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Estate Planning

How Does Your Door Fit?

Is by "design" or by "default?"

As I was reading Simon Sinek's recent offering, "Start With Why," a story he told early on in the book resonated with me, not only from the standpoint of entrepreneur/business owner but also from the perspective of wealth manager/advisor. 

It seems that a ways back,  some U.S. car manufacturers had visited a Japanese auto manufacturer and were watching the various tasks that were performed along the Japanese assembly line.  While much of the work was the same as "back home,"  the one thing the U.S.  delegation noticed that was missing,  was that in the U.S. there was a last person at the very end of the line who was tasked with whacking each car door with a rubber mallet to get the door to sit properly and line up with the overall body contour. 

When questioned about why step didn't exist in Japan,  the American's Japanese counterpart noted that "we design the doors to fit from the beginning, that's the difference." 

Many people treat their efforts at achieving financial success and as a result the life that they truly desire, in the same way as the American auto assembly line; they treat each and every financial transaction, be it, picking a money market account or deciding on an investment allocation for their 401k plan, about like a U.S. car door; whack it till it ultimately fits, even if it doesn't.

The "piecemeal"  approach is seldom ever going to be efficient and like the U.S. auto builders who had to pay a union worker to swing the mallet and purchase lots of rubber mallets for them to swing, generally, in the long run to be sure, it's going to be more much more expensive. 

Because we fail to choose a path to take, cobbling together financial assets and financial decisions seems the norm.  Without a well thought out plan, we have little context to balance our decisions against. Absent a well defined standard, almost everything is going to fit more-or-less, even if we have to hit it with a mallet to make it so. But the reality remains that it didn't really fit at all did it?

To be sure, it's one more thing checked off the list. But that doesn't make it either effective or right, does it?

The fact is, that on its surface, you'd have a hard time telling the folks with a well thought out plan and path from the ones without one. But, over time, as calamity and change have their influence, it wouldn't be hard to tell at all.  If you never had a plan, it'd be awful hard to stick to it.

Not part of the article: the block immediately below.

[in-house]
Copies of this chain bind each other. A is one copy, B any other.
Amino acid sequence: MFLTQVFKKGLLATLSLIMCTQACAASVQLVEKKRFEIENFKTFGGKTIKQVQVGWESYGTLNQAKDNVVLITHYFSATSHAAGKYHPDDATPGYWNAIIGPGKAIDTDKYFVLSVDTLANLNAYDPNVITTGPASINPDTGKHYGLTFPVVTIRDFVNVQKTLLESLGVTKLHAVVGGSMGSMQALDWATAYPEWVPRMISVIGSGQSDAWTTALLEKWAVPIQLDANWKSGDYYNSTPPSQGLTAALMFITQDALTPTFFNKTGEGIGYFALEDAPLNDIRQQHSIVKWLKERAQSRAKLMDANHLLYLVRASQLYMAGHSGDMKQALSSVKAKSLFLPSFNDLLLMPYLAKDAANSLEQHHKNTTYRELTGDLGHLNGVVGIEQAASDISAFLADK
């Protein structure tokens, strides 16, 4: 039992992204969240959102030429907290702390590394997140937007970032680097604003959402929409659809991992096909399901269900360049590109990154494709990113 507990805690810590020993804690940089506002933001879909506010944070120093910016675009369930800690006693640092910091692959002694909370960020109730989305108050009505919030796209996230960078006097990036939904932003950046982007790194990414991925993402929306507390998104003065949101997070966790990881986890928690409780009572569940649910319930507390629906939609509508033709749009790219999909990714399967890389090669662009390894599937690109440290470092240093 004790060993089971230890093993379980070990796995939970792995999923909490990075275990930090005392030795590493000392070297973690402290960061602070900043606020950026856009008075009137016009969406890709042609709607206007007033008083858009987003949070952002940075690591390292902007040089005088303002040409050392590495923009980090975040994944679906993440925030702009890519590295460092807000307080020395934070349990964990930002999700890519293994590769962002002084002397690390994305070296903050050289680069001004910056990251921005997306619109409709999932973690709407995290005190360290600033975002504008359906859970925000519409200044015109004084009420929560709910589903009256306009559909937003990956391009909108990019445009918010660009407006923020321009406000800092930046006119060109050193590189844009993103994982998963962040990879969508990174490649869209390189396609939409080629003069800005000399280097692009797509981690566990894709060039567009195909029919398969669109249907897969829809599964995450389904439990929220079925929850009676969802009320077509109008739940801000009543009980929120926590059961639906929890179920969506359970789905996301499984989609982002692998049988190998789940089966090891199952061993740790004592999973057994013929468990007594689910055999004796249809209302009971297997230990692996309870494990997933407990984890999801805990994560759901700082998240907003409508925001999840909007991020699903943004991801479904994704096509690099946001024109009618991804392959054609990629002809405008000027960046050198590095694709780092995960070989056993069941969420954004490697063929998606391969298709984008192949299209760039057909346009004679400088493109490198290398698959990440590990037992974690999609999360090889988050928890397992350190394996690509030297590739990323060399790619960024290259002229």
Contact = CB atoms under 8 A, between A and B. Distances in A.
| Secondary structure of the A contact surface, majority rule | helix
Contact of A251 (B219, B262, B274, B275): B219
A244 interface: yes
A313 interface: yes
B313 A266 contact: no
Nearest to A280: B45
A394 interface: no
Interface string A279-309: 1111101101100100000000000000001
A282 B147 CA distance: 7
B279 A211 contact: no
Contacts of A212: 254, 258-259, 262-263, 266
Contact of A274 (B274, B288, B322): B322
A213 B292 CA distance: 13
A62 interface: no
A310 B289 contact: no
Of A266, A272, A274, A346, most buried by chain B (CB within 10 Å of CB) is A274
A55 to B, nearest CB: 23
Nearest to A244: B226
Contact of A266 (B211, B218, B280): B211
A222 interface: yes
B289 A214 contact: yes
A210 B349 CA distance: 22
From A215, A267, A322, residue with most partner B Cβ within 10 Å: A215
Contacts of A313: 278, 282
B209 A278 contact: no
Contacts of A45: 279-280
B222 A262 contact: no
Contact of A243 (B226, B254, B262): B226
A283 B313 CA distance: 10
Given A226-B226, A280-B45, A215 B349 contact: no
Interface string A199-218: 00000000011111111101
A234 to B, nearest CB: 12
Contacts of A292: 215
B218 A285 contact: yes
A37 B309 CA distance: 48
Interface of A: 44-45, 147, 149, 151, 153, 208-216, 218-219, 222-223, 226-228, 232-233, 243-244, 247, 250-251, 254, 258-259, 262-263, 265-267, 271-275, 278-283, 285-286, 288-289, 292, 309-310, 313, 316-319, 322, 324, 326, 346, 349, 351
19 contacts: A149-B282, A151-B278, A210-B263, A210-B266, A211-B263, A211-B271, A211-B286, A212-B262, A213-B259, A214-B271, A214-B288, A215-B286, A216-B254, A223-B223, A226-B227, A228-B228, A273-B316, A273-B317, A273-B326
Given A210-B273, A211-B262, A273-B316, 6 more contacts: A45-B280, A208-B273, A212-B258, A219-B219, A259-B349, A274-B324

Set a course for your financial future and stick to it. Decide what you'll need to live the life you truly believe that you're entitled to based on a lifetime of work, then figure out how to get there.  There are steps, pragmatic and calculable ones, that put you on the right course. 

Find them. 

What A Difference One Can Make



This weeks blog post was generously provided by Trish Colucci, a NJ State Registered Nurse with additional certifications in Gerontological Nursing and Case Management. Trish is the Owner of Peace of Mind Care Management Solutions, LLC.

You can learn more about Trish and her services on her website

Trish Colucci, RN-BC, CCM  Certified Geriatric Care Manager

Trish Colucci, RN-BC, CCM

Certified Geriatric Care Manager

The healthier we are, the more medical technology advances, the more and more we'll be confronted with the inevitability of caring for an aging population. 

I've had a long held belief that the nursing home system in America will at some point fall by the way side.  My sense is that the financial havoc that ravages families will be stopped, either by law or by its own obsolescence.  What will ultimately render that system obsolete will be the need, the desire if not the demand that our aged and infirmed be provided for at home. 

What that will portend for families is a maelstrom of issues, concerns, and desires. 

Let's hear what an expert who is providing the care that we all would love to have, has to say about the reality of the situation as it stands today. 

Not everyone knows what a “Geriatric Care Manager” a matter of fact, few people do.  However, when family members facing a care crisis with a loved one learn about the services a geriatric care manager can provide, they are relieved to hear that there is a professional upon whom they can rely to lead them out of the tangle.

 “Mom isn’t taking her medications correctly, she’s forgetting to eat, she’s not showering, her house is a disorganized mess, and I don’t think she should be driving anymore.”  That’s a pretty typical situation for which families reach out to a geriatric care manager.  But how can a stranger come into a scenario like this and make a difference?